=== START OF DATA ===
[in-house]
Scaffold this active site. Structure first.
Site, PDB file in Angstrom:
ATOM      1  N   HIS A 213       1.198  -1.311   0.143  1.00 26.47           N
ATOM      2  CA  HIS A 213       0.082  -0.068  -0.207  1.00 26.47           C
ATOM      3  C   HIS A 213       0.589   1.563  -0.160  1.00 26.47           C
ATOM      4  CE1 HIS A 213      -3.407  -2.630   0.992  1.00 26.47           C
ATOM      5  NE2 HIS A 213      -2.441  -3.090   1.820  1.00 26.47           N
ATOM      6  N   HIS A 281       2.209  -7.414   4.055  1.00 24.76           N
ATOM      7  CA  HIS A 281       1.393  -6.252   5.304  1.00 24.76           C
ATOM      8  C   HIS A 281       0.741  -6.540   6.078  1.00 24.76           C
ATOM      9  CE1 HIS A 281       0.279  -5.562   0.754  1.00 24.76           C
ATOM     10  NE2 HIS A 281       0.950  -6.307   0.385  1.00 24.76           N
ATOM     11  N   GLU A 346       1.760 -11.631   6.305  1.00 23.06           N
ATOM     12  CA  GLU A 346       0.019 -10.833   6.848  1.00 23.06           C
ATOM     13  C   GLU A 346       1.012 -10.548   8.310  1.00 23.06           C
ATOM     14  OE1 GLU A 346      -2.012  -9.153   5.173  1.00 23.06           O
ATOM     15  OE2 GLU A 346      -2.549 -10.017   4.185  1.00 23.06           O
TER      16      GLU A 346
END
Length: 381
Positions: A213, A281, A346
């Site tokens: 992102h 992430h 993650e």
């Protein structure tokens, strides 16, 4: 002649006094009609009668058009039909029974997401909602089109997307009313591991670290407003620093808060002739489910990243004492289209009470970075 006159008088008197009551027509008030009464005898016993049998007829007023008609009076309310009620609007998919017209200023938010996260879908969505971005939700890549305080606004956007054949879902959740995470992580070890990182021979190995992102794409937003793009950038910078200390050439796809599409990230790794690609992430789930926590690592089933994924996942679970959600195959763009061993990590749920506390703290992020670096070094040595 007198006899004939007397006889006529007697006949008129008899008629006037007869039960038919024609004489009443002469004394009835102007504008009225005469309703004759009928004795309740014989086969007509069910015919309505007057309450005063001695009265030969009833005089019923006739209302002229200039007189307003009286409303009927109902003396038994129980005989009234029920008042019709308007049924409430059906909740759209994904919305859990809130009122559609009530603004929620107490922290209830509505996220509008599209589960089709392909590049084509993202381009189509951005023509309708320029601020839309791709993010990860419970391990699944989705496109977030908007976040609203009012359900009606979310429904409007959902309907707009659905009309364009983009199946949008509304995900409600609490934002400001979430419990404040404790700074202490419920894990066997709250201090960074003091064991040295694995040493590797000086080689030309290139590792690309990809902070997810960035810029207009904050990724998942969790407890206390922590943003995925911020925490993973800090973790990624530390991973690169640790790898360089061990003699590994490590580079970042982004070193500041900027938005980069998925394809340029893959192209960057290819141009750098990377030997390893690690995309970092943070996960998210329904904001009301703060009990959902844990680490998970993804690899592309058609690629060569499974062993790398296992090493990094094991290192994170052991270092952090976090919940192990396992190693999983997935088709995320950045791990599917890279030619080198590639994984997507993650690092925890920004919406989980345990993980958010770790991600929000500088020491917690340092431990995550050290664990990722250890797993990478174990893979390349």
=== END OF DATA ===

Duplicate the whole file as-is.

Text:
[in-house]
Scaffold this active site. Structure first.
Site, PDB file in Angstrom:
ATOM      1  N   HIS A 213       1.198  -1.311   0.143  1.00 26.47           N
ATOM      2  CA  HIS A 213       0.082  -0.068  -0.207  1.00 26.47           C
ATOM      3  C   HIS A 213       0.589   1.563  -0.160  1.00 26.47           C
ATOM      4  CE1 HIS A 213      -3.407  -2.630   0.992  1.00 26.47           C
ATOM      5  NE2 HIS A 213      -2.441  -3.090   1.820  1.00 26.47           N
ATOM      6  N   HIS A 281       2.209  -7.414   4.055  1.00 24.76           N
ATOM      7  CA  HIS A 281       1.393  -6.252   5.304  1.00 24.76           C
ATOM      8  C   HIS A 281       0.741  -6.540   6.078  1.00 24.76           C
ATOM      9  CE1 HIS A 281       0.279  -5.562   0.754  1.00 24.76           C
ATOM     10  NE2 HIS A 281       0.950  -6.307   0.385  1.00 24.76           N
ATOM     11  N   GLU A 346       1.760 -11.631   6.305  1.00 23.06           N
ATOM     12  CA  GLU A 346       0.019 -10.833   6.848  1.00 23.06           C
ATOM     13  C   GLU A 346       1.012 -10.548   8.310  1.00 23.06           C
ATOM     14  OE1 GLU A 346      -2.012  -9.153   5.173  1.00 23.06           O
ATOM     15  OE2 GLU A 346      -2.549 -10.017   4.185  1.00 23.06           O
TER      16      GLU A 346
END
Length: 381
Positions: A213, A281, A346
């Site tokens: 992102h 992430h 993650e």
């Protein structure tokens, strides 16, 4: 002649006094009609009668058009039909029974997401909602089109997307009313591991670290407003620093808060002739489910990243004492289209009470970075 006159008088008197009551027509008030009464005898016993049998007829007023008609009076309310009620609007998919017209200023938010996260879908969505971005939700890549305080606004956007054949879902959740995470992580070890990182021979190995992102794409937003793009950038910078200390050439796809599409990230790794690609992430789930926590690592089933994924996942679970959600195959763009061993990590749920506390703290992020670096070094040595 007198006899004939007397006889006529007697006949008129008899008629006037007869039960038919024609004489009443002469004394009835102007504008009225005469309703004759009928004795309740014989086969007509069910015919309505007057309450005063001695009265030969009833005089019923006739209302002229200039007189307003009286409303009927109902003396038994129980005989009234029920008042019709308007049924409430059906909740759209994904919305859990809130009122559609009530603004929620107490922290209830509505996220509008599209589960089709392909590049084509993202381009189509951005023509309708320029601020839309791709993010990860419970391990699944989705496109977030908007976040609203009012359900009606979310429904409007959902309907707009659905009309364009983009199946949008509304995900409600609490934002400001979430419990404040404790700074202490419920894990066997709250201090960074003091064991040295694995040493590797000086080689030309290139590792690309990809902070997810960035810029207009904050990724998942969790407890206390922590943003995925911020925490993973800090973790990624530390991973690169640790790898360089061990003699590994490590580079970042982004070193500041900027938005980069998925394809340029893959192209960057290819141009750098990377030997390893690690995309970092943070996960998210329904904001009301703060009990959902844990680490998970993804690899592309058609690629060569499974062993790398296992090493990094094991290192994170052991270092952090976090919940192990396992190693999983997935088709995320950045791990599917890279030619080198590639994984997507993650690092925890920004919406989980345990993980958010770790991600929000500088020491917690340092431990995550050290664990990722250890797993990478174990893979390349």